THE MERRY MONTH OF MAY has seen Mac OS X malware tip up, with vendors flogging security products for the Mac, like Sophos and ESET, hungrily pouncing on Apple's recent troubles with fake anti-virus software.
Rogue security software on Mac OS X is a relatively new phenomenon, but the discussion of Apple's Mac OS X security is not. Experts agree that Mac OS X can be just as viable an attack target as Microsoft's Windows, but so far the threats have been much fewer because Apple's market share has always been far lower than Microsoft's, so it hasn't been as profitable for criminals.
But, as this recent outbreak shows, criminals are making tools to attack Mac OS X in the same way they've hit Windows. The ways in which the rogue security software makes its way onto Apple Mac computers is very similar to the ways it hit Windows, right down to fiddling with code that now allows the software to be downloaded and installed without needing the user to enter an administrator password.
Some Apple users still have their heads in the sand, however, with comments from pro-Apple INQUIRER readers saying that the fake anti-virus applications aren't malware and it's not a 'real virus' because the victim has to manually install it. That does't mean a thing, because an attack on the user via social engineering can be just as effective as an attack on the operating system.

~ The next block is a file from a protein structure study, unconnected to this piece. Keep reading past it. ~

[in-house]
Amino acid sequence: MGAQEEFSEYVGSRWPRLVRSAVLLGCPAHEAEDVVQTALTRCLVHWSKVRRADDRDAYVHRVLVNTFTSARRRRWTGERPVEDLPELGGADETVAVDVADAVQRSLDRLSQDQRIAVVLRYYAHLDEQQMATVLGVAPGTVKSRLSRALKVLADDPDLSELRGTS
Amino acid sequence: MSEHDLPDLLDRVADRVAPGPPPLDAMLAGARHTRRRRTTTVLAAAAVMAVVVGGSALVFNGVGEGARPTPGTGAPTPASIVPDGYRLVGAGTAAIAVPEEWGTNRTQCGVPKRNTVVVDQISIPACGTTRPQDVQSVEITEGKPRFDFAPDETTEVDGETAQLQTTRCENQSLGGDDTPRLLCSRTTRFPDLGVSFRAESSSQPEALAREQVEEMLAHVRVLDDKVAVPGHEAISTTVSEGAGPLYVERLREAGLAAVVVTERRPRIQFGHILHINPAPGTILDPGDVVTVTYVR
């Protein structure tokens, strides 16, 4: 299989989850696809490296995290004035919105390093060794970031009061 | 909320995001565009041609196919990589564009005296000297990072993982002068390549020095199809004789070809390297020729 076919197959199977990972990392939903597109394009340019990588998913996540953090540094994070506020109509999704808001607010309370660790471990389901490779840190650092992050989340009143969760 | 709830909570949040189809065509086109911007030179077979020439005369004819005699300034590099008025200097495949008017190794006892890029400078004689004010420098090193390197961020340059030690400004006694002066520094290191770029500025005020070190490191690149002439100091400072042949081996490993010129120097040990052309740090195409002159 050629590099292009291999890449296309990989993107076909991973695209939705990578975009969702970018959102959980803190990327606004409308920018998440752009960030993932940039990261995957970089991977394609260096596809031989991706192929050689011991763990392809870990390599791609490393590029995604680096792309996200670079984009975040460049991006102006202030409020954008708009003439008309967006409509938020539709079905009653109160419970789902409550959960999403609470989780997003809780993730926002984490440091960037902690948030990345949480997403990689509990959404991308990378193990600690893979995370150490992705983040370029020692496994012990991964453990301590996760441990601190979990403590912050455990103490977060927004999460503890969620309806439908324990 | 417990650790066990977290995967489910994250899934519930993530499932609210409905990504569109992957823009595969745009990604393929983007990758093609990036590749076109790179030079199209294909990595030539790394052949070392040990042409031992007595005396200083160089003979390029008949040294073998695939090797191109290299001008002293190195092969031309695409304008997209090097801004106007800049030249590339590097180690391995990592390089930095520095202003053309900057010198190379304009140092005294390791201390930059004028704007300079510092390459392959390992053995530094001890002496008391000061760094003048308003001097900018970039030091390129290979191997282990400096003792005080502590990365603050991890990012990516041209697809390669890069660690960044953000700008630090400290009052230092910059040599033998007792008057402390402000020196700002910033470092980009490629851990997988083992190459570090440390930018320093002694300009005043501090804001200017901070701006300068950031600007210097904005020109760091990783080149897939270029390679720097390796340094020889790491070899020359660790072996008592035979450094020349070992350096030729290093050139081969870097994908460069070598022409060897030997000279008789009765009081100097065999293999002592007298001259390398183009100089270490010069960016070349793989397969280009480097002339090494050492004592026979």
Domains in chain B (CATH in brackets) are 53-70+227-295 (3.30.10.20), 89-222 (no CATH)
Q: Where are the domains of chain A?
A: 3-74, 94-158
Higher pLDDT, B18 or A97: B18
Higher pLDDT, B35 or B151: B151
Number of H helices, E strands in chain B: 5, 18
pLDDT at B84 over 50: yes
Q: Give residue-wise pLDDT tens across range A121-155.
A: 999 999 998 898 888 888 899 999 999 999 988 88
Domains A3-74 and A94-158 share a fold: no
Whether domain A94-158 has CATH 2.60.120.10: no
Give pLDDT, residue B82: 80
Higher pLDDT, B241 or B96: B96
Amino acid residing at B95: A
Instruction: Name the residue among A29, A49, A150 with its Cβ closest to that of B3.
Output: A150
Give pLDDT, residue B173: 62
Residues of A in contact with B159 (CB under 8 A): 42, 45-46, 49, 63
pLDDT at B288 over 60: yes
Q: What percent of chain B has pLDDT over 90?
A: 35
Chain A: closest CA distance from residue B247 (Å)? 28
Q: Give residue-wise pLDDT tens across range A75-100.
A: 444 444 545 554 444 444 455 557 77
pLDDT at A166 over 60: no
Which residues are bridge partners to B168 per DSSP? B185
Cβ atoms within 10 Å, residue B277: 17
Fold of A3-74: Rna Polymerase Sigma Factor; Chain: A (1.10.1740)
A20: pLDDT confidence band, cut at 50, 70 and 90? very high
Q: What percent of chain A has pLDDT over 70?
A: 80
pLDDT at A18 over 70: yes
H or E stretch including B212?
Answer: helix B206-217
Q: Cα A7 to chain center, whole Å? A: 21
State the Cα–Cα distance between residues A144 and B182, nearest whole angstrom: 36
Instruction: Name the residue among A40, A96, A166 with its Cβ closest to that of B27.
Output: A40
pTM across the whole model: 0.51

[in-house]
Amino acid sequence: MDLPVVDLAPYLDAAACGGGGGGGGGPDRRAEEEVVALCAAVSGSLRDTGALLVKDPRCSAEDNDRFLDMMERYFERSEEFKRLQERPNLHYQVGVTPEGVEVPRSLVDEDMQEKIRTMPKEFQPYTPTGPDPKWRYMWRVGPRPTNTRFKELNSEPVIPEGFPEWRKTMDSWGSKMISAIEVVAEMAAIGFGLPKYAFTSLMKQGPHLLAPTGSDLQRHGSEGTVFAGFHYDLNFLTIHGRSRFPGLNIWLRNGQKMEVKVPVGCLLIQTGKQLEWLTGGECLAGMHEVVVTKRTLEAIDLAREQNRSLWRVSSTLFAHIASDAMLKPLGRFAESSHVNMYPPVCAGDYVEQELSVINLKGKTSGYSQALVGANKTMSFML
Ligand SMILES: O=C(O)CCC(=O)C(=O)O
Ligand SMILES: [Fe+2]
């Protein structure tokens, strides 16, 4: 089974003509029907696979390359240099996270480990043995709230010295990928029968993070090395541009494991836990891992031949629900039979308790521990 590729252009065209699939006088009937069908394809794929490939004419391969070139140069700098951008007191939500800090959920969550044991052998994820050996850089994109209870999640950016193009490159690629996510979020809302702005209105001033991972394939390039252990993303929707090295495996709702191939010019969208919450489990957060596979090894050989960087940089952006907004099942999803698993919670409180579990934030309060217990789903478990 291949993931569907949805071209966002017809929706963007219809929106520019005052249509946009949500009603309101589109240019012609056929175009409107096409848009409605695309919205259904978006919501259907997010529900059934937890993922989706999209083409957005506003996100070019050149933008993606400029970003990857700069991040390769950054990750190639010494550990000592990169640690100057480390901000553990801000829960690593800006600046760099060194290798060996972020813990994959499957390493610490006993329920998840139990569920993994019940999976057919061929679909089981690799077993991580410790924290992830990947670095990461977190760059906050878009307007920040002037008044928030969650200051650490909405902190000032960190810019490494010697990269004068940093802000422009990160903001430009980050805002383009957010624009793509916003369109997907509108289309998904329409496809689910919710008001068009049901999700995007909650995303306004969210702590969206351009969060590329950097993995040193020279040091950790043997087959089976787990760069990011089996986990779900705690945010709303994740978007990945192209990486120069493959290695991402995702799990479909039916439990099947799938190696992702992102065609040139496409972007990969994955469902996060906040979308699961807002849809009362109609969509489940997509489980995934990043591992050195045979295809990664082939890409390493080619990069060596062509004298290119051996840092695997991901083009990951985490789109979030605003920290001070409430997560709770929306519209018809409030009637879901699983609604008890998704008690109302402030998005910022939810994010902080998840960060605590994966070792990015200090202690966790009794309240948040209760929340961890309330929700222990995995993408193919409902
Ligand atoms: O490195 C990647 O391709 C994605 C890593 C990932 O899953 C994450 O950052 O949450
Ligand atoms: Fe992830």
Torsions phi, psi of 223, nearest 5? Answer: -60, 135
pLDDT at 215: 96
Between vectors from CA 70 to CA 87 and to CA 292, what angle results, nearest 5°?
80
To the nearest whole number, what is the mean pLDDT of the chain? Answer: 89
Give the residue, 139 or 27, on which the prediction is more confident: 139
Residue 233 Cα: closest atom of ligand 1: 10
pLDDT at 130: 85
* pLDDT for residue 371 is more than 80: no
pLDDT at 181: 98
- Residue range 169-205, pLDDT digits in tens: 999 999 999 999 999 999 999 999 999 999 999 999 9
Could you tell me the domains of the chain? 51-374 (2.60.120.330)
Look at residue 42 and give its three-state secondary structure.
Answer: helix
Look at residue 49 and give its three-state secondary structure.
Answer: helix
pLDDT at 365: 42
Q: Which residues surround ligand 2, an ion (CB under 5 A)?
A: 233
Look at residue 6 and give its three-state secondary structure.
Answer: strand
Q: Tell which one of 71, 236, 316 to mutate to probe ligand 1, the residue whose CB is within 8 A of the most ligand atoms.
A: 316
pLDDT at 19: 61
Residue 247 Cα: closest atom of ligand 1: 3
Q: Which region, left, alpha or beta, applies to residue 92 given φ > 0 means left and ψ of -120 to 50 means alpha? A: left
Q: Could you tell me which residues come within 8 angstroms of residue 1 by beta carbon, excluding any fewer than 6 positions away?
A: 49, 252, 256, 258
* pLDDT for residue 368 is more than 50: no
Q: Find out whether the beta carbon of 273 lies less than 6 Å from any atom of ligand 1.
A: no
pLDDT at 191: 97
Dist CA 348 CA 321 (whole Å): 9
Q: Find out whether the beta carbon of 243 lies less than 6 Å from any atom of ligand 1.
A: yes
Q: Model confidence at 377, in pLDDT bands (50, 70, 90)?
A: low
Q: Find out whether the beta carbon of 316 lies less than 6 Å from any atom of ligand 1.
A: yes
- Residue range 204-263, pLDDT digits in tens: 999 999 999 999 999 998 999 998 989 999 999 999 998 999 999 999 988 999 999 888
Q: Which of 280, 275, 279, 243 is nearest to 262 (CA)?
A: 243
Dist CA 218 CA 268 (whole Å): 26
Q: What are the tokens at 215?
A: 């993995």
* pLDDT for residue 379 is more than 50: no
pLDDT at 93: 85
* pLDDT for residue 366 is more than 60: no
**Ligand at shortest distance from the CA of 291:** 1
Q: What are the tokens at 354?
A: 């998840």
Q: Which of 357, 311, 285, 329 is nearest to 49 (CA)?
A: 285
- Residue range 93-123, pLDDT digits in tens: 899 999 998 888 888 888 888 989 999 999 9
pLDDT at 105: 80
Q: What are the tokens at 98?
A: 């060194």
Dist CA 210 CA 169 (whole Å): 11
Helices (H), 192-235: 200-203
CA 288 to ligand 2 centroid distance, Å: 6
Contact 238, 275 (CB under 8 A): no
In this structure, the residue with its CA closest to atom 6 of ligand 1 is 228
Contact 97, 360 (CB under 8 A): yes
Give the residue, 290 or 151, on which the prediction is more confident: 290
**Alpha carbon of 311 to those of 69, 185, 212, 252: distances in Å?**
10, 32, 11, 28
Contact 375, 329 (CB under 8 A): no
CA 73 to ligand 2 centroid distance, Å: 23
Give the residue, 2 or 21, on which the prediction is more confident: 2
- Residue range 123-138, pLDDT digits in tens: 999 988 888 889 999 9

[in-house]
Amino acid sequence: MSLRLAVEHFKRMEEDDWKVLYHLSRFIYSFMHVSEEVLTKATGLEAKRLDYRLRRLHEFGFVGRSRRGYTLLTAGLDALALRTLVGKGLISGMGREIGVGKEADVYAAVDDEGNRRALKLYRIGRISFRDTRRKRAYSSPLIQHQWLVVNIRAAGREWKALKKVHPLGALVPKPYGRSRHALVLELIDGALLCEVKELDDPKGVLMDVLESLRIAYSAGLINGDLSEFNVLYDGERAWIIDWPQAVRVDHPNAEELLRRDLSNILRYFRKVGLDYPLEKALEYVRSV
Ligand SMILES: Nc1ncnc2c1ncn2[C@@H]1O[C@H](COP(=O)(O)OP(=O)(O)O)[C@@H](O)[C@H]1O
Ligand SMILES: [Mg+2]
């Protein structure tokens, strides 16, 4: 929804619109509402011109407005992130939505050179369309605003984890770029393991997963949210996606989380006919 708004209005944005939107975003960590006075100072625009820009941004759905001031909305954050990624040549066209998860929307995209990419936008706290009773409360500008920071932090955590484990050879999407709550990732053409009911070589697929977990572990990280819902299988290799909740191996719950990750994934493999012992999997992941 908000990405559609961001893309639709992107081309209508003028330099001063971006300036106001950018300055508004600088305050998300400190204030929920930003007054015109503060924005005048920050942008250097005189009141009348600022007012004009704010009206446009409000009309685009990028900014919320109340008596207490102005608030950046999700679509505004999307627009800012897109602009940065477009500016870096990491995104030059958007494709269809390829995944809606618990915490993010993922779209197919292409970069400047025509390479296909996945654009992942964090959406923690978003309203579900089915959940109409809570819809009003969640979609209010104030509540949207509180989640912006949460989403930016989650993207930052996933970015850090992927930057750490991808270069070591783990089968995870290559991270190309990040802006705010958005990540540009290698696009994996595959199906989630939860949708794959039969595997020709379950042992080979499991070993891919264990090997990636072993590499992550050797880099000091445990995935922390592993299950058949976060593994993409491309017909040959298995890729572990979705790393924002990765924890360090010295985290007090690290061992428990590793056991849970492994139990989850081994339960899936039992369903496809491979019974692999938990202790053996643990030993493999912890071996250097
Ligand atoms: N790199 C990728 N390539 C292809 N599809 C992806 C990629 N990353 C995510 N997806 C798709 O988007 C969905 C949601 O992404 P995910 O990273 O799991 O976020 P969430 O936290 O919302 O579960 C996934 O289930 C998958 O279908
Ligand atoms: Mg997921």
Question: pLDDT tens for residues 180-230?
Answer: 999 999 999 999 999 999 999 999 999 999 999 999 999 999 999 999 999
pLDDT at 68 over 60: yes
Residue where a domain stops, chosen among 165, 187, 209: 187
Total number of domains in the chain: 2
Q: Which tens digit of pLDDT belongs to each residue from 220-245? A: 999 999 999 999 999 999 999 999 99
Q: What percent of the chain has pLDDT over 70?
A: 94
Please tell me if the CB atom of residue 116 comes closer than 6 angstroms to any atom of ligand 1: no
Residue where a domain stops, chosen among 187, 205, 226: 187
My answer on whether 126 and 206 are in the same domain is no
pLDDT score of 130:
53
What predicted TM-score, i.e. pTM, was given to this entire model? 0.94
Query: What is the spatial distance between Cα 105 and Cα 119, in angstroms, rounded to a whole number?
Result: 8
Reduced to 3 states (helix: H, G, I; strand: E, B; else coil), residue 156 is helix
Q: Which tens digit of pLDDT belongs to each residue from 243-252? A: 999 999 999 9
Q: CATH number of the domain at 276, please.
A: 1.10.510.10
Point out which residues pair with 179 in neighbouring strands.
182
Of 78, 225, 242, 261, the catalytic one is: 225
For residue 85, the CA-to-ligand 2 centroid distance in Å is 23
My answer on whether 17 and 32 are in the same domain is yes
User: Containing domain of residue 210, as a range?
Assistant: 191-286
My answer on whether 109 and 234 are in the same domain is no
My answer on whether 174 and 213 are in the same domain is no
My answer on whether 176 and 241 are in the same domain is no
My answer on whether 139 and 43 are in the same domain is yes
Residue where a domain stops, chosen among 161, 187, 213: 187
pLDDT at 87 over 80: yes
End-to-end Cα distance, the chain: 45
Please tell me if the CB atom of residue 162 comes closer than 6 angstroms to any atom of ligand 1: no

But whatever the security software vendors say, Apple users shouldn't panic and suddenly start queueing to buy real anti-virus software. At the moment the threats are minimal and common sense should do - be reasonably careful about what you download and don't start sticking in your credit card details in dodgy places.
But if the bad guys do start targeting Mac OS X more, and the Macdefender malware outbreak does show that attacks can be effective, then this might change. The onus shouldn't be on Mac users to do something about it though, it should be on Apple. µ
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